My dad was diagnosed with lymphoma in late July.  The prognosis was optimistic, and he started chemotherapy in early August.  I spent the first week of September with him, taking him to his second round of chemo and making sure he was settled and comfortable on his own.  Admittedly, never having been sick before, he was impatience with the process, wanting to feel better immediately.  Last Tuesday morning, September 8, my father unexpectedly passed away in his sleep.  The loss to myself, my family and his large circle of friends is unspeakable.  Our hearts are broken.

Last Thursday afternoon, we gathered for a memorial service to celebrate my father’s life.   The room was filled with our family, our extended family, and many, many friends across all generations.  My sisters and I, my brothers-in-law, and two of my father’s closest friends gave tributes to this special man who touched and enriched so many lives.

This gives just a snapshot of my dad, but I want to share the words I wrote and read at his service.

I’m overwhelmed by all of the family and friends that have joined us here today to celebrate my dad’s life. It’s so comforting to have all those who loved him gathered together to share our sadness but also to remember the good things he brought into our lives.

My dad reveled in life’s simple pleasures: top among them, in no particular order, cars, sports, a passion for his favorite foods, and women.

He was fun to have for a father. Time spent with him usually meant some kind of adventure in search of one of these passions (well, not the women). I have so many memories that begin with “taking a ride”, if I was lucky, alone with him in his beloved Corvette, top down, but the ones in the family station wagon were memorable too. We might go out to Baskin & Robbins for ice cream or to a bakery to pick up a special loaf of rye bread or a box of white cream-filled donuts. On a Sunday morning, a particular treat would be to ride to the BagelMaster. This was the one and only time we were allowed to eat in the car, as long as we ate a bagel that was hot.

Even though my dad and I hadn’t lived in the same city for decades, we remained close, talking each week. When he needed help this summer, we spent some quality time together, more time than we had spent together in a long time, both in person and on the phone.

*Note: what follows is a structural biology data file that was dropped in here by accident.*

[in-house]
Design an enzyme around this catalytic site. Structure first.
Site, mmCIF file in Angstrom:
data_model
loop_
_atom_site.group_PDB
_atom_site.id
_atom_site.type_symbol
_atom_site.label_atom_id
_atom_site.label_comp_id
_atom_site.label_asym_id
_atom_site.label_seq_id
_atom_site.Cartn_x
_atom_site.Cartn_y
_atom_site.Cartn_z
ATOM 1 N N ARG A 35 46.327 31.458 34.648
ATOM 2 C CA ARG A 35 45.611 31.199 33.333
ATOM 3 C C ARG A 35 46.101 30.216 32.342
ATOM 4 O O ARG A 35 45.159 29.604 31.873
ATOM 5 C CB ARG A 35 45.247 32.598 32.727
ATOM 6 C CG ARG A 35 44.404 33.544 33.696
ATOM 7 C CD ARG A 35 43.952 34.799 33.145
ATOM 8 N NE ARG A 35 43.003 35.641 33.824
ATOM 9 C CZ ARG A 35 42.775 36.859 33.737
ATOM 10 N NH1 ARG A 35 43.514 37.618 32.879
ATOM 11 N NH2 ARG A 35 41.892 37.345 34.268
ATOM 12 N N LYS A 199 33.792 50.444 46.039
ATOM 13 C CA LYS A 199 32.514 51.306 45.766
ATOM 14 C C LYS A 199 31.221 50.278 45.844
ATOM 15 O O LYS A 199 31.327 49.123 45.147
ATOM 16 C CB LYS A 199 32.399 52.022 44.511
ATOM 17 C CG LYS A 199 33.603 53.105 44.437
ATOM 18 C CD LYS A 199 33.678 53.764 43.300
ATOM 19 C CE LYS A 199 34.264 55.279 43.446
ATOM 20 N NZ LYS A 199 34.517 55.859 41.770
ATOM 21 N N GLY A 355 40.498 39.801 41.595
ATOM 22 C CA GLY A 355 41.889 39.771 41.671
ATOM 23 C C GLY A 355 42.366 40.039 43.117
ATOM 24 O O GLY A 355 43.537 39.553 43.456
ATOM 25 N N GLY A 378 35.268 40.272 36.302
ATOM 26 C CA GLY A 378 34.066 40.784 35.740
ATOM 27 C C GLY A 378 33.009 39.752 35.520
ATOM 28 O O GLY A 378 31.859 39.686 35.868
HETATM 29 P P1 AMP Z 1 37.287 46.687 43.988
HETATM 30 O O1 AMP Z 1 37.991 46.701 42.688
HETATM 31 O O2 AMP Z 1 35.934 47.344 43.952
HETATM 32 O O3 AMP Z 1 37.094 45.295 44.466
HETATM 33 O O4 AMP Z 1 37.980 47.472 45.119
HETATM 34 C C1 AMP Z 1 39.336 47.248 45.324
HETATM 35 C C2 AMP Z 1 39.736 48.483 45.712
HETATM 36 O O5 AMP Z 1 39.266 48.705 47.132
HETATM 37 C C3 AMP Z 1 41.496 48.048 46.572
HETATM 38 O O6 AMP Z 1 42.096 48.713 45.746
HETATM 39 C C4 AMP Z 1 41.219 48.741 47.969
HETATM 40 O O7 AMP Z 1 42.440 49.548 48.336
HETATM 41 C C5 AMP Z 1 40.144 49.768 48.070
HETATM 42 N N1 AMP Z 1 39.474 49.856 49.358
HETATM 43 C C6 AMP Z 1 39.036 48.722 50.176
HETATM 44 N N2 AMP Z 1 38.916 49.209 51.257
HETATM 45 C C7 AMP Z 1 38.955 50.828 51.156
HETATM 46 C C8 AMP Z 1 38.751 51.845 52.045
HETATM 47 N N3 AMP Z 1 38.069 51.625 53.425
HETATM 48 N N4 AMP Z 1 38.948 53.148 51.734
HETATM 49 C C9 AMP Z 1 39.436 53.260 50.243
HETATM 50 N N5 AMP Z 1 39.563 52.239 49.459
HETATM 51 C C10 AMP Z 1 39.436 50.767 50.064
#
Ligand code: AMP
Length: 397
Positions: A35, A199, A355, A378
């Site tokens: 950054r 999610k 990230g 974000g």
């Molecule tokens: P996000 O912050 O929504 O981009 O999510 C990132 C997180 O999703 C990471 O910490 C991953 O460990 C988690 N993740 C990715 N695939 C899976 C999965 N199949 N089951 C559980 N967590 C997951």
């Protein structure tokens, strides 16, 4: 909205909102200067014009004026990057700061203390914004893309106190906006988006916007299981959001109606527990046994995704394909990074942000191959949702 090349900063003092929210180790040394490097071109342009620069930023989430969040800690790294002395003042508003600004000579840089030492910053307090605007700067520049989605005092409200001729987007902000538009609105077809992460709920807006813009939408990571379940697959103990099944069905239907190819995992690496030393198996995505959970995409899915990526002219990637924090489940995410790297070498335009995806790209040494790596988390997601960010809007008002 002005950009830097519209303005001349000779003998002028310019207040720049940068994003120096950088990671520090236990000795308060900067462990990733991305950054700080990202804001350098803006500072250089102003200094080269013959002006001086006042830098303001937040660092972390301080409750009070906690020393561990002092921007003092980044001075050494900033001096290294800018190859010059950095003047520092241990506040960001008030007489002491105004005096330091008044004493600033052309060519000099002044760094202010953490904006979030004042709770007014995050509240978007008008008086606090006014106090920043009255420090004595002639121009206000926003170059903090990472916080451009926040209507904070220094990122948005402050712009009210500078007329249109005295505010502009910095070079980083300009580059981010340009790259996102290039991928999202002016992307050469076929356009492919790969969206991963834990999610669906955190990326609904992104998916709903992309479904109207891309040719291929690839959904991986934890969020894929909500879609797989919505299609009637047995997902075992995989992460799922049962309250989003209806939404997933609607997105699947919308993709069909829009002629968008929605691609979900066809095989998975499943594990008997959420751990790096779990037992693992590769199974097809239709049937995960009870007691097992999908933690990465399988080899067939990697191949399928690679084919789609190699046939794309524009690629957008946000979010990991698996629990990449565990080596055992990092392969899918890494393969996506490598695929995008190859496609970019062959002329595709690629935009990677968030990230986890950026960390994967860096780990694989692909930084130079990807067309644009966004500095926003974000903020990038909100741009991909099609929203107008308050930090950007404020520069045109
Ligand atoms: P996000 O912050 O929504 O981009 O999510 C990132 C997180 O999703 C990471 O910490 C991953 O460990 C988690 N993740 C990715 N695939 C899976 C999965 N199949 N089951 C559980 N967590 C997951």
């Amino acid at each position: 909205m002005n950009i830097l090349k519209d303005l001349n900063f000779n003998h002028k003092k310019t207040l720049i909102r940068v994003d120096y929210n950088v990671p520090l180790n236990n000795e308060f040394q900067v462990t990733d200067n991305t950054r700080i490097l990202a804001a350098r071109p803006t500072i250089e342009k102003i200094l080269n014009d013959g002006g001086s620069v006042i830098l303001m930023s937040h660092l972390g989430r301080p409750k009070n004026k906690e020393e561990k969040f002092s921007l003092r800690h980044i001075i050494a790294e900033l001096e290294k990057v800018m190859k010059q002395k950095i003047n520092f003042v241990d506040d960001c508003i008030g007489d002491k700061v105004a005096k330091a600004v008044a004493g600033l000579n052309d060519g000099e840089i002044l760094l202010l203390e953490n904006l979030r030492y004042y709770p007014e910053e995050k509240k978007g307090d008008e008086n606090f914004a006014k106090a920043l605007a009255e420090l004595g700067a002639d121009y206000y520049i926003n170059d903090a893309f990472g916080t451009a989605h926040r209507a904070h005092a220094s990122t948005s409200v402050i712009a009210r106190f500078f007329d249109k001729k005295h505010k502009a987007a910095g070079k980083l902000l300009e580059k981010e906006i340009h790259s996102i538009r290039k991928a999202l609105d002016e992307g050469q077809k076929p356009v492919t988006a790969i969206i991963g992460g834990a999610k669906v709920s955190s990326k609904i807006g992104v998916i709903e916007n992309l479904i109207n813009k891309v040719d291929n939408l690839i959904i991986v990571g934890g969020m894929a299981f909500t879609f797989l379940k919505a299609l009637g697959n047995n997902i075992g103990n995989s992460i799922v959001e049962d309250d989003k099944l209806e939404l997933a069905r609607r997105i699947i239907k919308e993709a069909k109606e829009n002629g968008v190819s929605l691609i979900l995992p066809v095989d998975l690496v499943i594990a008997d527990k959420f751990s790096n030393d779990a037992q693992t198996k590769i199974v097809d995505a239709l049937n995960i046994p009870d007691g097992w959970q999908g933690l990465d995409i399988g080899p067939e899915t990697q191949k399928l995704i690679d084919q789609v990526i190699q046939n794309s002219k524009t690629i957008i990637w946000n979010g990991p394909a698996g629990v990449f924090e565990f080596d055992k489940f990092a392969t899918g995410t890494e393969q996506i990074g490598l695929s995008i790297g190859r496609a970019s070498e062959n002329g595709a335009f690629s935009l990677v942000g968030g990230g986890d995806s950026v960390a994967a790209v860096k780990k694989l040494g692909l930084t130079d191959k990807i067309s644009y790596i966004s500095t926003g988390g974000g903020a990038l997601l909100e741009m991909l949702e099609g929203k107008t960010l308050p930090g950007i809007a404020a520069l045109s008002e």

Dad was a wonderful brother. His relationship with our Aunt Alida served as a role model for my sisters and me. Just as with Richard and Alida, Jane, Jennifer and I are not just sisters, but friends who enjoy spending time together. What a gift to us.

My dad was a loyal friend. Look around at how many of his friends are here today. He kept up with friends from throughout his life: grammar school, summer camp, different jobs, different marriages. Once you were his friend, it was forever. He truly loved helping his friends, though he wasn’t as good at being helped. Even so, Dad’s friends went above and beyond in lending him love and support over the past couple months when he needed it most.

And he was good at falling in love. It took a long time, and multiple tries, but finally, he met the love of his life, Susan, on a tennis court in Florida. His devotion and tenderness towards her was heartwarming, and we feel lucky to have Susan as part of our family.

It’s hard to come up with the words for how much I will miss Dad now that he’s gone. A hole was ripped in the fabric of our lives. Over time, I hope to be able to mend that hole by weaving in stories about him, memories of a life well-lived and well-loved.

I love you, Dad, and I’ll miss you every day.

Dad and Daughters

Dad and Daughters (2009)

Thanks to everyone who has reached out with comforting words of sympathy.  Your support gives me strength to move through the days ahead.

Richard Pollack 1937-2015

Richard Pollack